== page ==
1) When Britain took over the Indian subcontinent they imposed a new education system in the schools. They had schools for the previlaged and schools for the others. If you were part of the first group, you would be literate on all the latest happenings and encouraged to be part of all the right networks so when your education is completed, you can take your rightful place in business, society, or the political system. If you were part of the larger group then you would be learning all about how to write basic business letters to your boss asking for leave, applying for a transfer etc. You were also taught basic mathematics ensuring you can count, do accounts 101, and if you were really driven learn the theories of algebra. Science was part of the curriculum but you did not really have the option of learning too much beyond basics of physics and chemistry (and that is if you were lucky enough to study past year 10).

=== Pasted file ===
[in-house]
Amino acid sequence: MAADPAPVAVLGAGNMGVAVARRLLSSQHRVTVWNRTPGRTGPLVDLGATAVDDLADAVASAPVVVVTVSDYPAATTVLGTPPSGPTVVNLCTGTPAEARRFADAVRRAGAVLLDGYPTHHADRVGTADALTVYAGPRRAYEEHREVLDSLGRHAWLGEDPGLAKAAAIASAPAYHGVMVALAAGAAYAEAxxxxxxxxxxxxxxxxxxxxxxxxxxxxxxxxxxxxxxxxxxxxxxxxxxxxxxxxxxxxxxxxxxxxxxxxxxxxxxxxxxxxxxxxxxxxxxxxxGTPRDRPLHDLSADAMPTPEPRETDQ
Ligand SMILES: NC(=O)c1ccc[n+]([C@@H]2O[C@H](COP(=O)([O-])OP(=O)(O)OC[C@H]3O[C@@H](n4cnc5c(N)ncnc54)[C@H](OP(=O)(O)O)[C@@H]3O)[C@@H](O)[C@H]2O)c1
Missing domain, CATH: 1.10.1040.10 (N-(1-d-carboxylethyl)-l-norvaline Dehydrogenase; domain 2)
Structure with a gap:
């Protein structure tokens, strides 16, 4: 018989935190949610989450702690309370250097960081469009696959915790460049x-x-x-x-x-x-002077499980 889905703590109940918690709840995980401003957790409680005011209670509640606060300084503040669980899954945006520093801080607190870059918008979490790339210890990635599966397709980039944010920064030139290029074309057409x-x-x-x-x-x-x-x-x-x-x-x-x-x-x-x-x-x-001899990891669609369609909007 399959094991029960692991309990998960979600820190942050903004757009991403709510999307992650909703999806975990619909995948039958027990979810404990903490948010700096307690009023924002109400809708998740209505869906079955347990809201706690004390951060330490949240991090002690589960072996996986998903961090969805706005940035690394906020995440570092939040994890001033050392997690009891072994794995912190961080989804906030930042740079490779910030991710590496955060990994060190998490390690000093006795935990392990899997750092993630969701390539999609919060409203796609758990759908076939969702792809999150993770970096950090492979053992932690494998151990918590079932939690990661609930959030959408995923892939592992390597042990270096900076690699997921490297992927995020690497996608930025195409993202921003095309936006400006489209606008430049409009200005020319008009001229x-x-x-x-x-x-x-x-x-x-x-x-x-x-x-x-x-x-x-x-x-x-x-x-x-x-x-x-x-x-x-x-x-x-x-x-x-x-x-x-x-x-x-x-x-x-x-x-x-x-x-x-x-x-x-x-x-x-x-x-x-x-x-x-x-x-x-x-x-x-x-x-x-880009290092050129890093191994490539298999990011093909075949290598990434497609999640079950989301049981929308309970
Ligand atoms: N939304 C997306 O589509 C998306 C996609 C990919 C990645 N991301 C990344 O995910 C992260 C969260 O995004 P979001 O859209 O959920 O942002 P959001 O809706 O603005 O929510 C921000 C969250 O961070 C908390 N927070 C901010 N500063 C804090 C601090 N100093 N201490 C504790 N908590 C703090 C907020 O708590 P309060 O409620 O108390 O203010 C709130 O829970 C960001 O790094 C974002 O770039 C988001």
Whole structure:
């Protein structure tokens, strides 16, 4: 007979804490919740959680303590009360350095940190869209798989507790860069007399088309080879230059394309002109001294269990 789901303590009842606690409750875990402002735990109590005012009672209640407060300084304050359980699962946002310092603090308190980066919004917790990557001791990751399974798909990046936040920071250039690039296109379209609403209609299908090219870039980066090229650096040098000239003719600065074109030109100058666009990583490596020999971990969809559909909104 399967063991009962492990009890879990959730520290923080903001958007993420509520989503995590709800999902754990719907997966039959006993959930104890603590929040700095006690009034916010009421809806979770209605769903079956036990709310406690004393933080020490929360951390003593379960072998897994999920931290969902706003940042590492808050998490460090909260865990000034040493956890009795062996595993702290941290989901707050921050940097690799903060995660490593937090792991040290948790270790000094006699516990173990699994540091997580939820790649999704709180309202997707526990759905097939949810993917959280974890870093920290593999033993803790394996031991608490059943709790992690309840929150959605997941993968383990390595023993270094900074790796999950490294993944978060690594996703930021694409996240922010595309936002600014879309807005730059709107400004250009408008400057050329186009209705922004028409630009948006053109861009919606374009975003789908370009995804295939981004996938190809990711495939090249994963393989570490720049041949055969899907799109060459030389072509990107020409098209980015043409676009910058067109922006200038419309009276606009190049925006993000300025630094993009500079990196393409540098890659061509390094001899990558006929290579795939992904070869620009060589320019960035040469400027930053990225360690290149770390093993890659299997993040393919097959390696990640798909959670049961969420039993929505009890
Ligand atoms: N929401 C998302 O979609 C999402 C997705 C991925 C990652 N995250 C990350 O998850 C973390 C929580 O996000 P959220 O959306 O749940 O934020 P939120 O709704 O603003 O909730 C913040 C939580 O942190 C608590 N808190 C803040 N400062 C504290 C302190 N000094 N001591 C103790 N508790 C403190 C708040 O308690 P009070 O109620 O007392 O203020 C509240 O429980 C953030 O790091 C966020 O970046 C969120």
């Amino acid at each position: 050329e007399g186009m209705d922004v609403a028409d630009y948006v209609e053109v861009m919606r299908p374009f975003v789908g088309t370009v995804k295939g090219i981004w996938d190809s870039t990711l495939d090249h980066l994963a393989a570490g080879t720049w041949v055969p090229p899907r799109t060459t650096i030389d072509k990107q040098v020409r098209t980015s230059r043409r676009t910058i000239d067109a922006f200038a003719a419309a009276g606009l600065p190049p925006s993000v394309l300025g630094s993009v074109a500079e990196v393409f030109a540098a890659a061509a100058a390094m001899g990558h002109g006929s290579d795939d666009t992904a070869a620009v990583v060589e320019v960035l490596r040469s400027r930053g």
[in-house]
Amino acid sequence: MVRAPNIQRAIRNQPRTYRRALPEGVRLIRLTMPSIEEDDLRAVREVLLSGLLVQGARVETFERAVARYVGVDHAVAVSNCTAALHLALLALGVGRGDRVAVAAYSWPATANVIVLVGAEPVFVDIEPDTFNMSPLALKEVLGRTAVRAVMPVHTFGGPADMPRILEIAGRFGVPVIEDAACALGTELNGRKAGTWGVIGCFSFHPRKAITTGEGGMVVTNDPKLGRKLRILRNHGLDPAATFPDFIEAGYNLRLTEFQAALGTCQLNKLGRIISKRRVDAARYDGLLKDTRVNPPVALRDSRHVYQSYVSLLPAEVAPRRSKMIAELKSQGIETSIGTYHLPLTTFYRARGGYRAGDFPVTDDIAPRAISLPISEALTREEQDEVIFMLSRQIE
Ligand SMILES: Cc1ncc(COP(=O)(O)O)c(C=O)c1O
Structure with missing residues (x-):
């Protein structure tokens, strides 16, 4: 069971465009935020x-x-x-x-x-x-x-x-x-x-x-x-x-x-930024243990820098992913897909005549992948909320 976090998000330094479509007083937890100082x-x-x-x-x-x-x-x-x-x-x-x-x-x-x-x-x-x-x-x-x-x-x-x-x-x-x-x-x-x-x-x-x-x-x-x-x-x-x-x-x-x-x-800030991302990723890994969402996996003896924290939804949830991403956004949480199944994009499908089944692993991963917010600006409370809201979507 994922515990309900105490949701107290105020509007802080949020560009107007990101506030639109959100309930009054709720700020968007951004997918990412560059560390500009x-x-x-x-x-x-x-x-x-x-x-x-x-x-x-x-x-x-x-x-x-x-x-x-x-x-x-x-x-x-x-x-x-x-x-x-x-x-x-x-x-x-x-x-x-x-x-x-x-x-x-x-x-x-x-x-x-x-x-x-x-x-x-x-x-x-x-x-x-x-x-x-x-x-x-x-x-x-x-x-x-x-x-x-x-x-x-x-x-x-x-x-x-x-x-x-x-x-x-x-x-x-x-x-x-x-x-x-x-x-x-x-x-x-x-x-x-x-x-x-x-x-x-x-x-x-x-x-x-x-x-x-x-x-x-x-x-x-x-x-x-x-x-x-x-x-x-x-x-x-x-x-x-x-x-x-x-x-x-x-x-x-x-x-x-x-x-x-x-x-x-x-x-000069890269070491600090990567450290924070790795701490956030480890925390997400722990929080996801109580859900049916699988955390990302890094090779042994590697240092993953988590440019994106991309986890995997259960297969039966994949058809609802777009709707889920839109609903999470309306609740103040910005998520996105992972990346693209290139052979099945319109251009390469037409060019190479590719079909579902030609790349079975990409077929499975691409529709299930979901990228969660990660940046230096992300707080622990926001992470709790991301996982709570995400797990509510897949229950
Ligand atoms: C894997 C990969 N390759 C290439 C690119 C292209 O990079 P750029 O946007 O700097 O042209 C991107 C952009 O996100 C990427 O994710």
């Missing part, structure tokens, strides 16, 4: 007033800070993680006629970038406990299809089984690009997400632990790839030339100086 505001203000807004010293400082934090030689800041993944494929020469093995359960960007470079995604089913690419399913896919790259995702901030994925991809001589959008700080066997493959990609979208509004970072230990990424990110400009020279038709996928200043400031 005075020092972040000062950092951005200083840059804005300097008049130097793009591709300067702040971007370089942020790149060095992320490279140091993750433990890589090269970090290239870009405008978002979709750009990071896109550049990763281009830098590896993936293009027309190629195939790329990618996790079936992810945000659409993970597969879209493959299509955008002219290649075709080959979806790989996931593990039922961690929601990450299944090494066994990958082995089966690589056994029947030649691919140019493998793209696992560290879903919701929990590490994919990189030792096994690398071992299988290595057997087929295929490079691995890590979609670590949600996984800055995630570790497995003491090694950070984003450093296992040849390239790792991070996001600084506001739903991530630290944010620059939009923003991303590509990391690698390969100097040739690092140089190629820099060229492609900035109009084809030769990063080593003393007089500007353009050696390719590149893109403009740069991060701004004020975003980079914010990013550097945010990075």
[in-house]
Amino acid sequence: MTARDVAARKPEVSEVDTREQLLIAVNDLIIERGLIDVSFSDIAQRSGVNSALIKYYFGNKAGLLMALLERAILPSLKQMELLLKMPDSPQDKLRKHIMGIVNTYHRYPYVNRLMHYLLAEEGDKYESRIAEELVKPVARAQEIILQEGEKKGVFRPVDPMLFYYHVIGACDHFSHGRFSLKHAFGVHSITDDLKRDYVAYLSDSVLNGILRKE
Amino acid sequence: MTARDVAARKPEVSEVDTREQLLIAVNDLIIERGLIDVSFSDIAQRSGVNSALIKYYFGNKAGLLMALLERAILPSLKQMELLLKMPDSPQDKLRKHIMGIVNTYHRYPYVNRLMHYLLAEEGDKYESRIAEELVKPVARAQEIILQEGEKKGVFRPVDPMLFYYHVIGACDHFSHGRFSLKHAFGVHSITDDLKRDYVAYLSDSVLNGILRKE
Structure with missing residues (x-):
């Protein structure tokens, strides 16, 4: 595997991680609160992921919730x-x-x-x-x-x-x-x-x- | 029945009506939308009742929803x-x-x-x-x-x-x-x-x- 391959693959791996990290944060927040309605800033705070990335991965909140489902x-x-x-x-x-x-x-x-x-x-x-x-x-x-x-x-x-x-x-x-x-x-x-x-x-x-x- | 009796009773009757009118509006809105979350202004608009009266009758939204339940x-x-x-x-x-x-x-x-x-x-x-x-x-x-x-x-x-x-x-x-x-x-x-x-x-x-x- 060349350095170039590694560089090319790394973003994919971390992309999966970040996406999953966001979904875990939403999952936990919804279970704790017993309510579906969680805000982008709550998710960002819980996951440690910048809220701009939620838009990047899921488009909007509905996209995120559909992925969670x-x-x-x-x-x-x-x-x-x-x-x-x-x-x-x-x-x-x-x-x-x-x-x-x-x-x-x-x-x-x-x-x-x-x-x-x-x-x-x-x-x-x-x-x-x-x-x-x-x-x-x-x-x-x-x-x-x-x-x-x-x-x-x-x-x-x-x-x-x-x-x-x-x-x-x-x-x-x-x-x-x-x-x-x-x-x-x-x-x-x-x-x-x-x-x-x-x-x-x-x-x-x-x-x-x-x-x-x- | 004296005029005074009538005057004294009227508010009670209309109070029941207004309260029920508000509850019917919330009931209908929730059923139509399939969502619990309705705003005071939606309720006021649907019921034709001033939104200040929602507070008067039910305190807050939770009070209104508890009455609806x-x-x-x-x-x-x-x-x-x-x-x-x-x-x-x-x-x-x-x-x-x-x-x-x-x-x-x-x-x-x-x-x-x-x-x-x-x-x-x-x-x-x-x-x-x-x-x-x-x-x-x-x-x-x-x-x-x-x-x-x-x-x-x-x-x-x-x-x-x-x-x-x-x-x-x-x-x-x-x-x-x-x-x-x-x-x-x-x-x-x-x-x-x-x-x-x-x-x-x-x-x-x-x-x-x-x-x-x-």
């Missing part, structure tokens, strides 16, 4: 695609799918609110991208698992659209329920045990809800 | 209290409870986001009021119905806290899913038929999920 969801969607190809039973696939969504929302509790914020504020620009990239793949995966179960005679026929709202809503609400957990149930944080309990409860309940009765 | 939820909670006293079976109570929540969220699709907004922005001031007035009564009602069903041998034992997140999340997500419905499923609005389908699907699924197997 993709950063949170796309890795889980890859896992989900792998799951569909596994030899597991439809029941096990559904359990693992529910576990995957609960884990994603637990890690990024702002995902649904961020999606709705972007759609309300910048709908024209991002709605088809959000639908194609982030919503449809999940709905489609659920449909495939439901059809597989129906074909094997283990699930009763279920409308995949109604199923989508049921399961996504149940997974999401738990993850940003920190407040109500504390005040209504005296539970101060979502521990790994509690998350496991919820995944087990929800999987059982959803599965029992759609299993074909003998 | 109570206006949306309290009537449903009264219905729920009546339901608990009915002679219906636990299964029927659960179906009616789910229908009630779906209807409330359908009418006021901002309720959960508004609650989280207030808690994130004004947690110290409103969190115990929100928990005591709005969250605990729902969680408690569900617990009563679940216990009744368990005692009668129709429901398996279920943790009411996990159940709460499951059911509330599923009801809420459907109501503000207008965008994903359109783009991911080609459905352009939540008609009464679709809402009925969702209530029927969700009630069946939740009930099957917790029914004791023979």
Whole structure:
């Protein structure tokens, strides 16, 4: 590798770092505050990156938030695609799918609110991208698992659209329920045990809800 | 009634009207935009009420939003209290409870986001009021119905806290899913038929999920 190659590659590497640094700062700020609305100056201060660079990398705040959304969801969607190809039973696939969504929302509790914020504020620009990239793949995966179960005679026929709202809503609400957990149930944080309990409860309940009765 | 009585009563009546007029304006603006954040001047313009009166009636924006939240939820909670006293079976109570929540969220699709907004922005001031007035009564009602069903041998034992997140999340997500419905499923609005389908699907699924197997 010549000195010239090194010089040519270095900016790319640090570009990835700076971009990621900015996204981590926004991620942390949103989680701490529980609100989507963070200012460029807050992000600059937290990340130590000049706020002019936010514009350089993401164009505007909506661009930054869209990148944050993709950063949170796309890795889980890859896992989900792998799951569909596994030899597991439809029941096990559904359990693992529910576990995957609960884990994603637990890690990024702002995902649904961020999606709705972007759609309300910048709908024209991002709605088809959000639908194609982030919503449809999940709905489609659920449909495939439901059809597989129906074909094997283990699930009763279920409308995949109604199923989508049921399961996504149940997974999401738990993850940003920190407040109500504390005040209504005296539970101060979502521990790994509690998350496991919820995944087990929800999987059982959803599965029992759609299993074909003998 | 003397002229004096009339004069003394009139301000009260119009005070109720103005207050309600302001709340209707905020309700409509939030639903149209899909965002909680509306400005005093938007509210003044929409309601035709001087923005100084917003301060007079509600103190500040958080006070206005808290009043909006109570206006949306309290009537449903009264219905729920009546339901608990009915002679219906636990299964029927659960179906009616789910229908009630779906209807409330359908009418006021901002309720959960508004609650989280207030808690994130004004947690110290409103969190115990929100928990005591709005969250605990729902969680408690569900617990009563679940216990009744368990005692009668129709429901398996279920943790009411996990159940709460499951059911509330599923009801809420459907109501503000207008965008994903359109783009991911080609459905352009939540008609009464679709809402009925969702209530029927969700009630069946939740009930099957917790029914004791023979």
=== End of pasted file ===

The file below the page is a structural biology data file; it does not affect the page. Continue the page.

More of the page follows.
2) The same system was applied in South Africa - and although I don't know the ins and outs of their educational system, I have had several interesting conversations with those who grew up in the apartheid. The colored were given basic education and at the end of it all were expected/conditioned/allowed to take their part in society and learn a trade. The privalaged learnt commerce and engineering. I am in recruitment and its one of those things that you see day in and day out. All the colored guys are tradies and the others are managers.